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I thought the flags I mentioned in the question are the same, but I get the following message with the former, but nothing with the latter:

$ find . -mindepth 1 -type d -exec rm -rf {} \;
find: `./practice4': No such file or directory
find: `./practice10': No such file or directory
find: `./practice7': No such file or directory
find: `./practice9': No such file or directory
find: `./practice1': No such file or directory
find: `./practice5': No such file or directory
find: `./practice3': No such file or directory
find: `./practice6': No such file or directory
find: `./practice2': No such file or directory
find: `./practice8': No such file or directory

Extra questions I have are:, is there an simpler code to delete all subdirectories? Is the order of deletion random? I created the directories using

$ mkdir practice{1..10}
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You could use the BASH construct for iterating over files: for dir in practice{1..10}; do rm -rf $dir; done. –  Herman Torjussen Feb 20 '13 at 22:23
1  
Even simpler: rm -rf practice{1..10} –  laebshade Feb 21 '13 at 2:16

2 Answers 2

up vote 5 down vote accepted

From the GNU find manual:

If your find' command removes directories, you may find that you get a spurious error message whenfind' tries to recurse into a directory that has now been removed. Using the `-depth' option will normally resolve this problem.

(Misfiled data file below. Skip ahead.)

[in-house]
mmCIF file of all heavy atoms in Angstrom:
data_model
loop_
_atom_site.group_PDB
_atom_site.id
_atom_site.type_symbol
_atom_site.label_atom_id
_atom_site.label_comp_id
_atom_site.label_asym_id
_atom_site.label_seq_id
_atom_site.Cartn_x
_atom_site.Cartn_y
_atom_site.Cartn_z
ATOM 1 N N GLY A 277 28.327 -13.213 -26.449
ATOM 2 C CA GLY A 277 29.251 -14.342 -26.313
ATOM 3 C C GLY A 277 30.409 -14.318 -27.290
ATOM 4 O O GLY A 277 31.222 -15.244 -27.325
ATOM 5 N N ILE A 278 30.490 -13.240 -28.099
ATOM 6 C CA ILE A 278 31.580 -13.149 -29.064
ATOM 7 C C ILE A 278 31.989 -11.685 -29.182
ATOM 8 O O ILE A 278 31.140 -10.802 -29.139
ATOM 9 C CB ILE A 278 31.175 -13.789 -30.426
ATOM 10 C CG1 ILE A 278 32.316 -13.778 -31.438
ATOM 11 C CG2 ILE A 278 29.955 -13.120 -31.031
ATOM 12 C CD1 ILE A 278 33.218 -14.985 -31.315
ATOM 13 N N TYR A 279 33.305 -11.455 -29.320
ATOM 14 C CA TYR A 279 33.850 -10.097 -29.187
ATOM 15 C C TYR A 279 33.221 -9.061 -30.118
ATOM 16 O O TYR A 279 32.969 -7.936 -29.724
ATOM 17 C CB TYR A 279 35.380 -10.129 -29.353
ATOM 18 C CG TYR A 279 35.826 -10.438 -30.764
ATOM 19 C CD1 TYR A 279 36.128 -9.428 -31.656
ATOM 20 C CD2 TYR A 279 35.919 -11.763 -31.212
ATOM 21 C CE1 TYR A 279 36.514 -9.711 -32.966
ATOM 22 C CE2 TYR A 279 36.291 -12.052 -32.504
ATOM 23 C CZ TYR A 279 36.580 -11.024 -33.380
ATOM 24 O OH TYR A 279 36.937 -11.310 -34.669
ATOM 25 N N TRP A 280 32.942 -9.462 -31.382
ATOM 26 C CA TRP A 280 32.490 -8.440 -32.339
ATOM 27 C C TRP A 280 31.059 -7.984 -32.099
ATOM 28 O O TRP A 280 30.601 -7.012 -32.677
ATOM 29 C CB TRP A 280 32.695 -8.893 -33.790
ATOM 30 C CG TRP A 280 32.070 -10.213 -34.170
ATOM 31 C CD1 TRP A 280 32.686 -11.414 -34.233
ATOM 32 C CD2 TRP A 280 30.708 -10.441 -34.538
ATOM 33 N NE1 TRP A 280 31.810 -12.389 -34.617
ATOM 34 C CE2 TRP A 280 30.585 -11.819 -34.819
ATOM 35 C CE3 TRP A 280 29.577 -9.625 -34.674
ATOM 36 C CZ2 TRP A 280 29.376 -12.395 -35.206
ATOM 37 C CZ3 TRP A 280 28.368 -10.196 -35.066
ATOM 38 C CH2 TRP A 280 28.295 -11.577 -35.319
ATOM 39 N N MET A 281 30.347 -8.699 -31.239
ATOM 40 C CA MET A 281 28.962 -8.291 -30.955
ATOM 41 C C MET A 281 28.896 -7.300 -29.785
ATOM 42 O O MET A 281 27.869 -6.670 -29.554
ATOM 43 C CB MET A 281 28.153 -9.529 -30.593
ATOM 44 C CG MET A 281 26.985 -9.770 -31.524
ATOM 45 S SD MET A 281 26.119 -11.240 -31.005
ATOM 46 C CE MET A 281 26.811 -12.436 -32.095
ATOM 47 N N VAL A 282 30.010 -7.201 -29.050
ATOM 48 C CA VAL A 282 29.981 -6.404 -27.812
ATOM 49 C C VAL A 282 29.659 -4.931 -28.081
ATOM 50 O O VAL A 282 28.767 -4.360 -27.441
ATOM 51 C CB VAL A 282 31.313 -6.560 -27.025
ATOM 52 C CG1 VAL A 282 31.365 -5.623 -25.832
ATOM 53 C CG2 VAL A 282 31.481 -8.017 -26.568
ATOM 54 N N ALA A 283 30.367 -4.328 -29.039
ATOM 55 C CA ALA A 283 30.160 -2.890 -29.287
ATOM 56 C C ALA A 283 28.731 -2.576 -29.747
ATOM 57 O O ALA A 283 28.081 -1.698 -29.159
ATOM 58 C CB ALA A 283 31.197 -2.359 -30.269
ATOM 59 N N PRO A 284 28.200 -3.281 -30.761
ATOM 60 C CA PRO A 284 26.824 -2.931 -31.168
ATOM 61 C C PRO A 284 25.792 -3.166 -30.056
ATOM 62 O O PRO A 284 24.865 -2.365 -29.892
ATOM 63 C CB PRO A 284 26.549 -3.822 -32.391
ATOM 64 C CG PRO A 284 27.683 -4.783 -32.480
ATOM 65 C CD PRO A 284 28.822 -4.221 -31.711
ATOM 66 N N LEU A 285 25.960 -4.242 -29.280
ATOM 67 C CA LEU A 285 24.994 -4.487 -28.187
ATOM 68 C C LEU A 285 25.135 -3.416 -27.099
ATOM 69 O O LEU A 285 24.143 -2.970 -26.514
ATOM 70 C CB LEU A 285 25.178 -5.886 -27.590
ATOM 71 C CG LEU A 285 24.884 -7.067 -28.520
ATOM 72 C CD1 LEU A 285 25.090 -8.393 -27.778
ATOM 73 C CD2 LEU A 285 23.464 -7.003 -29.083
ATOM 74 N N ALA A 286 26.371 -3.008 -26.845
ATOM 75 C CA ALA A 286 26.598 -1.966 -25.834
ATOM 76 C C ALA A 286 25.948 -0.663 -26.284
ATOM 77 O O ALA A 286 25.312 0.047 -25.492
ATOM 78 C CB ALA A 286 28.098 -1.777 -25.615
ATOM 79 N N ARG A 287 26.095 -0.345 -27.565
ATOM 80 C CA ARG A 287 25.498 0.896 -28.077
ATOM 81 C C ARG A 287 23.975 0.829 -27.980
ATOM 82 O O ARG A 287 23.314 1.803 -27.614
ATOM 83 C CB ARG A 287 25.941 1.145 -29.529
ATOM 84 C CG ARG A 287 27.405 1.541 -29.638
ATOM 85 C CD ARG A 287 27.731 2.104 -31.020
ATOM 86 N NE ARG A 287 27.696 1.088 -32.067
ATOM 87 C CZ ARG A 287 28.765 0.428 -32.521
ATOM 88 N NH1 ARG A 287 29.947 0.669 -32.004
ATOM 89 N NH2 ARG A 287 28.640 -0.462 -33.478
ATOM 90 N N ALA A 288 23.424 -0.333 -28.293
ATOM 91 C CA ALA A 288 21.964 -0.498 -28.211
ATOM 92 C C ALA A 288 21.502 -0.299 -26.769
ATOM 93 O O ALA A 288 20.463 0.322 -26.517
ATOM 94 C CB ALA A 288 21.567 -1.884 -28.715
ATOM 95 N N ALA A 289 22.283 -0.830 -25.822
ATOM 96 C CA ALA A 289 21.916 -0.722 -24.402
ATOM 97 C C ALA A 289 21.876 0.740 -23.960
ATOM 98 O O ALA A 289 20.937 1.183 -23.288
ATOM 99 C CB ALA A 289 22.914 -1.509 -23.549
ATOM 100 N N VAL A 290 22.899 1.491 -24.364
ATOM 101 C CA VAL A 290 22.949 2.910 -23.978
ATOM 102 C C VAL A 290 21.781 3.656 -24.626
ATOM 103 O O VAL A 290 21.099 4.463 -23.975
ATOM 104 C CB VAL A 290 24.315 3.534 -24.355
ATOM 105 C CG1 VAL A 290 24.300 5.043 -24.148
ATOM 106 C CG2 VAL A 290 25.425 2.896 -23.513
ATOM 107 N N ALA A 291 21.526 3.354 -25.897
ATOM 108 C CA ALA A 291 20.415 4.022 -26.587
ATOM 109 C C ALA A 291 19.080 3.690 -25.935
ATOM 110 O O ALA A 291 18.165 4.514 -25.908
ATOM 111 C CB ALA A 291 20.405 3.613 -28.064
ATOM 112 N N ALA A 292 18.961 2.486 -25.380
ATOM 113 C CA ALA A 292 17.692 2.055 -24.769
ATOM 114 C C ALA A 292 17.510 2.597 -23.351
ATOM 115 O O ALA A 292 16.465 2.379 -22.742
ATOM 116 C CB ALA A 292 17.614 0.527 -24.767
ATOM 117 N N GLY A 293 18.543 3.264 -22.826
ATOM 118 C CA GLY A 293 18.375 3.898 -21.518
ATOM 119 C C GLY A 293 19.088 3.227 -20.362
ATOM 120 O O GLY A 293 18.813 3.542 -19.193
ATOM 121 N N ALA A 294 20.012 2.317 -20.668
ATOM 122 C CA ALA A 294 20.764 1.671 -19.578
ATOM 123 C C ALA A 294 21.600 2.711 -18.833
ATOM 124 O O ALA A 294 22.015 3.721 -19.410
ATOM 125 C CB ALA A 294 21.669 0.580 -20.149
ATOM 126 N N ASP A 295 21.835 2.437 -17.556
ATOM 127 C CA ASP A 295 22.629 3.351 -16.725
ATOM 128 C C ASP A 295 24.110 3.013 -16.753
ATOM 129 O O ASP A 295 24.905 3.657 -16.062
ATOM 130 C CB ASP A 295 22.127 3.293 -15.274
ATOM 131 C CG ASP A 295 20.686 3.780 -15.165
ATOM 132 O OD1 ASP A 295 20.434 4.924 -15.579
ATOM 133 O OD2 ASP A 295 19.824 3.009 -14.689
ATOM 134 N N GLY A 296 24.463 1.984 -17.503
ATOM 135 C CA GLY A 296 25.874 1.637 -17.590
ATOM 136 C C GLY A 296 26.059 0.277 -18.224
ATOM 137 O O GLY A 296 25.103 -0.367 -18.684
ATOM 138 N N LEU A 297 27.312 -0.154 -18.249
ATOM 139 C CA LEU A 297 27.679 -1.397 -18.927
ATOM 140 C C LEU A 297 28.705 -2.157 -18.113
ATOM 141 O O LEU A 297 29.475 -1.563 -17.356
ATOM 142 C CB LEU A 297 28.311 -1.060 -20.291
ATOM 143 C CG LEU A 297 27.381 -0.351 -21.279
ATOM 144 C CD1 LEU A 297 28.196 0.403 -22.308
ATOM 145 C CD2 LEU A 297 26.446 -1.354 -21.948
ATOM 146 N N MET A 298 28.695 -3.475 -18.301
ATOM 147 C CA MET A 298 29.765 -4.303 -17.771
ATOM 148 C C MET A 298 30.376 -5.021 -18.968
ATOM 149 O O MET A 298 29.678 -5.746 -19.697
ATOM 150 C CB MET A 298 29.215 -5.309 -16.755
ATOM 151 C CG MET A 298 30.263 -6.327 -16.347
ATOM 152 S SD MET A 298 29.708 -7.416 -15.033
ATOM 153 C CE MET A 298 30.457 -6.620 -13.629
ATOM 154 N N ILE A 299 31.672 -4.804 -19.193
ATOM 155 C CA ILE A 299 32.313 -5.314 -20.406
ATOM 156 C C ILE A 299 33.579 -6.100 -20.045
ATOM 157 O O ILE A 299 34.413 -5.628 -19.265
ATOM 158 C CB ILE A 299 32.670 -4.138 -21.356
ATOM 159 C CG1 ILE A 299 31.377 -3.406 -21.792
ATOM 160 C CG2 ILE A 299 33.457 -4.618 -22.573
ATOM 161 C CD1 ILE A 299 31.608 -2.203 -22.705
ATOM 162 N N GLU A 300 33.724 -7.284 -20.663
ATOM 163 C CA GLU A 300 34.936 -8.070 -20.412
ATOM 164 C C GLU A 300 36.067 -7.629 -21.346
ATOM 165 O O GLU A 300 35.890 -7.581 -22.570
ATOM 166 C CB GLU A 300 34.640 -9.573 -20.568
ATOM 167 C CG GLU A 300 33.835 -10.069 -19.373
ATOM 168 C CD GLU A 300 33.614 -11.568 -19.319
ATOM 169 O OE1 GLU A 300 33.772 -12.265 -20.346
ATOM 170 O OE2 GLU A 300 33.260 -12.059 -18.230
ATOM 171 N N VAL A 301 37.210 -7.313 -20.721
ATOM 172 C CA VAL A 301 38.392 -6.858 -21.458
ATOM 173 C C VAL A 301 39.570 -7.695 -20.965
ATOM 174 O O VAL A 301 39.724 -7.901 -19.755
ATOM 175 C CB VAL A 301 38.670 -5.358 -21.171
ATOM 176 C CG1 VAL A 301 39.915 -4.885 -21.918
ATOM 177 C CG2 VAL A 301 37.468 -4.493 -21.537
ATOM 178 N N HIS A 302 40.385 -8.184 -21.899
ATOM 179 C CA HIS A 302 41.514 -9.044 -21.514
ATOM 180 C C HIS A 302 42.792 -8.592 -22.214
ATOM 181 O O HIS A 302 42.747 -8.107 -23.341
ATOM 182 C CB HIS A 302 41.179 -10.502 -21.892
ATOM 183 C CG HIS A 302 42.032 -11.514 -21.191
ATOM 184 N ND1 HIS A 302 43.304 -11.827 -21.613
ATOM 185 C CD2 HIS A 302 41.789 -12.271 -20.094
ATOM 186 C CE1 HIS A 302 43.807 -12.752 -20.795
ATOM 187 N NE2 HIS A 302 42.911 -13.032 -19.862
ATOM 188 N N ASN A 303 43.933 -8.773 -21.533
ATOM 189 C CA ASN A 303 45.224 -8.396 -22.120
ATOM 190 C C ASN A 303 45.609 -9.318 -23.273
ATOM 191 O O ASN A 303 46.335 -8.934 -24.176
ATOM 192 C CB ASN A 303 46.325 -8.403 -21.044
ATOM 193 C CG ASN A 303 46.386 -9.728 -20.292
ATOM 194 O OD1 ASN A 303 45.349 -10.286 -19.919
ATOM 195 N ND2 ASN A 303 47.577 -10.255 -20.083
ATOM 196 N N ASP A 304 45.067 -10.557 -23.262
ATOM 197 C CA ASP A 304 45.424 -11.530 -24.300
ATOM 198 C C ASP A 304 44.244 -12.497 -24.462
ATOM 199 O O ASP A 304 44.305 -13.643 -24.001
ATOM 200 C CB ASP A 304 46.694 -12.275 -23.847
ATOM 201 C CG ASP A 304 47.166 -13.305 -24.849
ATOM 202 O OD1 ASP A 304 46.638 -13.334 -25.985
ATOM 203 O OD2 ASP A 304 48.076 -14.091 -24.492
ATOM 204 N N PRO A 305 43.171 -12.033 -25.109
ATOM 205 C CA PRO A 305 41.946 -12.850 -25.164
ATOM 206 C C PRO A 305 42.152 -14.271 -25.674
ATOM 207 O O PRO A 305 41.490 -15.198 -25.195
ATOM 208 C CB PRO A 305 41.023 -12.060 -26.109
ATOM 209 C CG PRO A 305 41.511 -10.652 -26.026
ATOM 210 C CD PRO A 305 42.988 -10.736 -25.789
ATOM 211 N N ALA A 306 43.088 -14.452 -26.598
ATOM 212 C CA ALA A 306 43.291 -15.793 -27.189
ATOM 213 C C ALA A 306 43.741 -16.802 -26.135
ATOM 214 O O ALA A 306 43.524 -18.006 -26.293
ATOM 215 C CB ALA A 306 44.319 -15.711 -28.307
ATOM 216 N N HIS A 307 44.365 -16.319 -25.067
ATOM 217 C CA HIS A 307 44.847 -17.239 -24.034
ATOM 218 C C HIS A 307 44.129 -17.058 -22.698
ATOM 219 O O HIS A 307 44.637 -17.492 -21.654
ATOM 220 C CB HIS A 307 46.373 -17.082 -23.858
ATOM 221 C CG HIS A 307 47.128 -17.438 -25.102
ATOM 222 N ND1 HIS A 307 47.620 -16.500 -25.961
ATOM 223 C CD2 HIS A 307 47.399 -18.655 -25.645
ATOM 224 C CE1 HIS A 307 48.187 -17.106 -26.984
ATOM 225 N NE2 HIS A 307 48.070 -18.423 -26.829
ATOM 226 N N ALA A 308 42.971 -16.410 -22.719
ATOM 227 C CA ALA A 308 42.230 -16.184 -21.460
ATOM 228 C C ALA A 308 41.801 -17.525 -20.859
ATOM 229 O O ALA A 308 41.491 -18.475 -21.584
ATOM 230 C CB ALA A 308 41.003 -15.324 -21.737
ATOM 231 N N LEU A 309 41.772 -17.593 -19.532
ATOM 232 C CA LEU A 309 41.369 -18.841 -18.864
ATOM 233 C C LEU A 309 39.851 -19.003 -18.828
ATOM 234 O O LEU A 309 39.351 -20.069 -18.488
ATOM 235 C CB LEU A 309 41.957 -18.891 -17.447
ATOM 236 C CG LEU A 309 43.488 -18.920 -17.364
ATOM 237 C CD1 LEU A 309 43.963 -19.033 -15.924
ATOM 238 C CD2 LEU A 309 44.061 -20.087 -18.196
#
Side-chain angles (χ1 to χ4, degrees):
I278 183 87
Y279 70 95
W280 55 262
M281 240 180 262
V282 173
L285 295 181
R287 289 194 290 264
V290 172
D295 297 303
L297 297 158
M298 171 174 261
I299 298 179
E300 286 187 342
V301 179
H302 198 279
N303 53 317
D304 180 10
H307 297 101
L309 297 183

Other questions:

  • The simplicity of the command depends on your situation, which in the listed case would be: rm -rf practice*.
  • IIRC, the processing order of the files depends on the file system.
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Thor has already explained why you're getting this error and how to fix it when using find.

Calling find with -mindepth 1 is pointless unless you have additional conditions that can't be expressed in a shell script. What you're trying to do can be written

rm -rf */

as long as the current directory doesn't contain any directory whose name begins with . (which wouldn't be matched by *) or symbolic links to directories (which your find command excludes but the shell snippet above includes).

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1  
In bash you can include .* (without . and ..) by setting GLOBIGNORE=. –  Hauke Laging Feb 21 '13 at 1:38

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